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elva
elva asks:
Q:

What can I do to help my child with her math learning? She is going into five grade.

my child has desabilitis learning, she has a program for that, but really  idont see any progress special on matt.,
what i can do to help ,  because my child dont know any tables, or division  o counting by two. or the value of the money I really I feel fail @ parent help me please, we have other opcion like my child will have big improvent on the class?
In Topics: Chores, allowance, and money management, Helping my child with math, Learning disabilities
> 60 days ago

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Expert

Hand in Hand
Sep 20, 2009
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What the Expert Says:

Hi Elva,

I hope things are going better with your daughter and her math. We have an article on our website that might help with frustrations or other emotions that are getting in her way.

"When learning problems arise, listen

When a child isn't able to concentrate or to learn, there's usually an emotional issue that blocks his progress. It feels bad on the inside when you can't think. It feels scary on the inside when you can't do what's expected of you, and you don't know why or what to do about it. This is the position children are in when they can't write a story, can't memorize their times tables, or can't sit down to their homework. They feel upset, and often scared. They also feel alone.

When we parents see our child caught in upset around learning, it's usually infuriating. Our child's problems make us feel tired and worn. Our thoughts are something like, “By now, he should be able to do school work on his own! Why do I have to get into it?” We badly want our child's problems to go away so we can get a little peace.

What helps immensely is something we've always been taught to avoid at all costs. If you can sit close by while your child has a good cry about school, or a tantrum about not wanting to do homework, your child will do the work of draining some of the bad feelings that have paralyzed him.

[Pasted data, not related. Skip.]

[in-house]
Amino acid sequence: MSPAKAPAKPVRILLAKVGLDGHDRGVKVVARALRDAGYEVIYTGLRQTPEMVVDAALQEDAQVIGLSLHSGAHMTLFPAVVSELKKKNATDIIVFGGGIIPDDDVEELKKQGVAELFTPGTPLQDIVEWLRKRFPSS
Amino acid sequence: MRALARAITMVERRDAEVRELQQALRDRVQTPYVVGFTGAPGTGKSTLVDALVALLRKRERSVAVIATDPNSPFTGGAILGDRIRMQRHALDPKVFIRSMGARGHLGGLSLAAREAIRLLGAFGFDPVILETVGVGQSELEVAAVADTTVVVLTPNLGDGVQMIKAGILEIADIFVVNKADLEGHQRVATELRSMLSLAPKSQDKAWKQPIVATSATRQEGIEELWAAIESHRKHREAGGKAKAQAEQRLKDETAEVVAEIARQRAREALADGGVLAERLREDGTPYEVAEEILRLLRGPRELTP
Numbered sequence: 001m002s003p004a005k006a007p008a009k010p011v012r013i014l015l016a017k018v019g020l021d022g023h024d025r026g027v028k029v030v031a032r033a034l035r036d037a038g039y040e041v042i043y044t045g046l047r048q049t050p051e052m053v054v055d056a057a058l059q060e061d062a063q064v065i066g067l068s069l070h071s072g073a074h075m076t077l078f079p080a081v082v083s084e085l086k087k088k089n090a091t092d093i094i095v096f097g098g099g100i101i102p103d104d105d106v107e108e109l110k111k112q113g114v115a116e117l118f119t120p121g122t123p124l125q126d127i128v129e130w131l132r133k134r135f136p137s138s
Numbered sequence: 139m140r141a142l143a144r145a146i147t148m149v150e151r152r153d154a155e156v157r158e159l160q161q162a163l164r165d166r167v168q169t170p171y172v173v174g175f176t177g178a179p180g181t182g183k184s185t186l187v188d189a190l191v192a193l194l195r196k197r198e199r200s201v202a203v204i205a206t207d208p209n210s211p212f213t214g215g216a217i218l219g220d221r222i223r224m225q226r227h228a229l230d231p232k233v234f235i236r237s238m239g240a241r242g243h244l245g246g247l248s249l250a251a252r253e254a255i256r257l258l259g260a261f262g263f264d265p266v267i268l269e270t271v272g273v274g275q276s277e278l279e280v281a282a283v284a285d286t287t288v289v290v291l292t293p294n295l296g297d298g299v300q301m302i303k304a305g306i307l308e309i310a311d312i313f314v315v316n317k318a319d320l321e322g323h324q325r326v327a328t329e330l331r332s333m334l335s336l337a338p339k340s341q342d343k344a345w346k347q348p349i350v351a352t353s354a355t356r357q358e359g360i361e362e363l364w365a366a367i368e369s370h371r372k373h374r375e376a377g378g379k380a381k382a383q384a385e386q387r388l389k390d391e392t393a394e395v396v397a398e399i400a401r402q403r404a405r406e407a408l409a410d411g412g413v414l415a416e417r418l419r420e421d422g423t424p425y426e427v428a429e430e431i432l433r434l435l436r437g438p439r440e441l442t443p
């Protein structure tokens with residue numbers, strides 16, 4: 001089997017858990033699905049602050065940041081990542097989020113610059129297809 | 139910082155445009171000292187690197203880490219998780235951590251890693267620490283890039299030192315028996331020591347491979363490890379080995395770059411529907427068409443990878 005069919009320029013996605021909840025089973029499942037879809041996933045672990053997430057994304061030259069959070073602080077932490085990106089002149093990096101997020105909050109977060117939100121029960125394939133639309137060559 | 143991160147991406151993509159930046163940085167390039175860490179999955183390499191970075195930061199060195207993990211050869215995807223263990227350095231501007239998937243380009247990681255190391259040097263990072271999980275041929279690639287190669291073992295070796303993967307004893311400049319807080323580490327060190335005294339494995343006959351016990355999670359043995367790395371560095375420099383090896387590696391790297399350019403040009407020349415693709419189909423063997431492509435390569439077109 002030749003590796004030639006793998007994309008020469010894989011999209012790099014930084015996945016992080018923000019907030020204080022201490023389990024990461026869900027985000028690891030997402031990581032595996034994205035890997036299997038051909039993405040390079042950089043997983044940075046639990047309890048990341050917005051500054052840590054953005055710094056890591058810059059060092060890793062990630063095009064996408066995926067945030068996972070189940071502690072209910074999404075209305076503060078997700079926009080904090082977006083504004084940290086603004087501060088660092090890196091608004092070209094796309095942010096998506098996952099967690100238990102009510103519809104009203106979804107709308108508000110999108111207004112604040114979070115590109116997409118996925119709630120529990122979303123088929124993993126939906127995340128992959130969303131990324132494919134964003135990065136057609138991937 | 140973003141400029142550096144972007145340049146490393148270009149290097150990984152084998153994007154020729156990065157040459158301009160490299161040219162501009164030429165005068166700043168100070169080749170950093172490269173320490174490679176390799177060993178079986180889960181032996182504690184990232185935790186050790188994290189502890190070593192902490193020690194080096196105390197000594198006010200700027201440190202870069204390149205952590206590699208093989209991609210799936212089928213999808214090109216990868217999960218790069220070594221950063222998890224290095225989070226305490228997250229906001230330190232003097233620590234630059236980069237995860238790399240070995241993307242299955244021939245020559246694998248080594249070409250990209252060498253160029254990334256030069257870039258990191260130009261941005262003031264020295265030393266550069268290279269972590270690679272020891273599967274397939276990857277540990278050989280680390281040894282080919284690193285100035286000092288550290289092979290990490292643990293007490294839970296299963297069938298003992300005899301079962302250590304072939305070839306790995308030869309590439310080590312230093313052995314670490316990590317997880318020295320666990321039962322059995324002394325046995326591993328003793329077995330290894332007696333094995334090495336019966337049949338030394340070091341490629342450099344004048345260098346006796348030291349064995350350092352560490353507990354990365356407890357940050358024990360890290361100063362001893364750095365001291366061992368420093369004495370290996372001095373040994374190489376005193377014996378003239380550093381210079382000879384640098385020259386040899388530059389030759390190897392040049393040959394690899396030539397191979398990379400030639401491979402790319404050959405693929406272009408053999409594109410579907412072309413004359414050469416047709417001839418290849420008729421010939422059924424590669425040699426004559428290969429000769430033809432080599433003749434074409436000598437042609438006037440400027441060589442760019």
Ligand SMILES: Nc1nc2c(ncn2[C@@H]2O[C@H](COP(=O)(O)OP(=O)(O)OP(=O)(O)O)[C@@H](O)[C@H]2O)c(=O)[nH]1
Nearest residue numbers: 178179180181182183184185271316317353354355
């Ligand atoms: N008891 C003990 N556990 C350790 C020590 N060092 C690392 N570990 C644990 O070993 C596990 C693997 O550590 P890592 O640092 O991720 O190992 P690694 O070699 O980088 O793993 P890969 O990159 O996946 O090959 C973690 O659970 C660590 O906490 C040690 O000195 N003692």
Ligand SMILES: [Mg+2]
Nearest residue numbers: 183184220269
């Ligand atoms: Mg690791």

Emotional release helps children focus their attention and regain their ability to be hopeful about learning. Your child won't sound reasonable while he cries or rages. He'll believe very strongly in the terrible feelings he's having. But surprisingly, the crying and the chance to make sure you know how bad it feels inside has a deeply healing effect. So try to keep from arguing and reasoning with him, and stay close while he "cleans the skeletons out of the closet" with his tears and his bleak or angry thoughts. He'll finish. The longer he has been able to cry, the more improvement you will see in his ability to concentrate and to believe in himself."

I'll put a link her to the rest of the article in case it might be helpful for you both.

Good luck,

Juli
Julianne Idleman
Hand in Hand Program Director
www.handinhandparenting.org
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Additional Answers (3)

CreativeRachna
CreativeRac... , Child Professional, Teacher writes:
It's excellent that you are interested in working with your child on her math skills.  Having your help is an invaluable resource for a child.  Congratulations on taking the initiative before she begins fifth grade.  Education.com has several worksheets for 5th grade and 4th grade learners.  You can select which grade depending on her needs and math level.
http://www.education.com/worksheets/fifth-grade/math/
http://www.education.com/worksheets/fourth-grade/math/

Good luck!
Rachna
> 60 days ago

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BruceDeitrickPrice
BruceDeitri... , Teacher writes:
Here is a general article that has a section on math tips. A few of the ideas might be useful

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bob
bob , Parent writes:
This may or may not help but for you or any other parent who wants to try to give their kids more practice on basic arithmetic, I wrote a worksheet generator several years ago (link below) that you can use to make practice sheets.

The second URL is a some example of using this to create an addition worksheet.  You'll get a different one every time you refresh your browser window

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